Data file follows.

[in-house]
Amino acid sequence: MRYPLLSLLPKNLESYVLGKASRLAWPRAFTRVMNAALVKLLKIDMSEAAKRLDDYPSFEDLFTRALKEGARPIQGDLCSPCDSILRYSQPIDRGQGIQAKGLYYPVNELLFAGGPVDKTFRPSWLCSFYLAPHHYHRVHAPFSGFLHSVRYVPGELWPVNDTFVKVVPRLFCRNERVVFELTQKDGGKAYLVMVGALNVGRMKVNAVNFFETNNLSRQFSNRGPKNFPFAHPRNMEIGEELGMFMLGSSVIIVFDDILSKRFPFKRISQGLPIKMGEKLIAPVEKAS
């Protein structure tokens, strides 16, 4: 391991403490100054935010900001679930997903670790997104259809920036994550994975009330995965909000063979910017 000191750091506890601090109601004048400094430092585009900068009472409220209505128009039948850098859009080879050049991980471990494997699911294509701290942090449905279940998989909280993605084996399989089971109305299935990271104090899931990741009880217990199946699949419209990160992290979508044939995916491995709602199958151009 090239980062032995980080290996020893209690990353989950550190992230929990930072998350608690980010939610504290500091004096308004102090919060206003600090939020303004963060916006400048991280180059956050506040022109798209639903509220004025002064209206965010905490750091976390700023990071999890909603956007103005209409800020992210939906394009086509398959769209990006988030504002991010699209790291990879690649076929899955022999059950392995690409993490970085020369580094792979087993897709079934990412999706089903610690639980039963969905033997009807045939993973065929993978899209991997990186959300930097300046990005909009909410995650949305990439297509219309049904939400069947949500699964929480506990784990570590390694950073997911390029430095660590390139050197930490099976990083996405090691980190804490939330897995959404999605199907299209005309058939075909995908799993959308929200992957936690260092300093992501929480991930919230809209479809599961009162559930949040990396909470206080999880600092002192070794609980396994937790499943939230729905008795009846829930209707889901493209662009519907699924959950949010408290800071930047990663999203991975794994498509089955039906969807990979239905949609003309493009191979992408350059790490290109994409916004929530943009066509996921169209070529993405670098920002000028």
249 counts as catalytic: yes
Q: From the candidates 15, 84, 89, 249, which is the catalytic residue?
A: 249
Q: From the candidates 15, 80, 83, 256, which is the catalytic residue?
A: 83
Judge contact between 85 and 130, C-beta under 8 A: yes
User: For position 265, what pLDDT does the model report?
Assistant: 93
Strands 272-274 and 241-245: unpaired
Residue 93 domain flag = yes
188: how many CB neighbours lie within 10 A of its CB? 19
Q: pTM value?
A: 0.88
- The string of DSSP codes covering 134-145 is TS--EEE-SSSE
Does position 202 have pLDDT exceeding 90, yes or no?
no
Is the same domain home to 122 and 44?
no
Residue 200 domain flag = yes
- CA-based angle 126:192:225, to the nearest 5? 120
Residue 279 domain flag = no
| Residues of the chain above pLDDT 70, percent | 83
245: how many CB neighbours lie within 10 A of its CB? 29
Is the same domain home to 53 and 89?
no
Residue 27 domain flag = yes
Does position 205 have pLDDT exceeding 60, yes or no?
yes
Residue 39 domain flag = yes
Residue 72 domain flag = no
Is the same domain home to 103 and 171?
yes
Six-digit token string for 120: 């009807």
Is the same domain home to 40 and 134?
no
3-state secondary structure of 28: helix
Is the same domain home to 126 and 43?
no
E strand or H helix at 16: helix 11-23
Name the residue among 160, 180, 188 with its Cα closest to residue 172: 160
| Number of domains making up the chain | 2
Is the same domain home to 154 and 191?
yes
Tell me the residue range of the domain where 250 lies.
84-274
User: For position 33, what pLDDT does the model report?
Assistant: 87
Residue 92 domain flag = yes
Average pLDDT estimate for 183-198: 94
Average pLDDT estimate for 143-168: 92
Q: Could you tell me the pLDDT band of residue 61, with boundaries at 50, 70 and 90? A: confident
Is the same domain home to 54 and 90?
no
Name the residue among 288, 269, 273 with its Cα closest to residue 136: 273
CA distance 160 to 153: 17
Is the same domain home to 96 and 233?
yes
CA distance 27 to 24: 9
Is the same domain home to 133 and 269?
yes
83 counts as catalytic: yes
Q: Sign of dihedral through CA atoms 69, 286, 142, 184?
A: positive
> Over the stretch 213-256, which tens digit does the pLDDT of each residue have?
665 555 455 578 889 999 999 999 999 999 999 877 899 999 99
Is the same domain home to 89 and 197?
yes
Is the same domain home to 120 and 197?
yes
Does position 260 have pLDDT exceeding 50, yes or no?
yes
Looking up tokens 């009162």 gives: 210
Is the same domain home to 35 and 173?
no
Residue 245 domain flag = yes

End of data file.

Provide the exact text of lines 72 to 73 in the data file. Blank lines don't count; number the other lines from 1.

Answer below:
yes
Does position 260 have pLDDT exceeding 50, yes or no?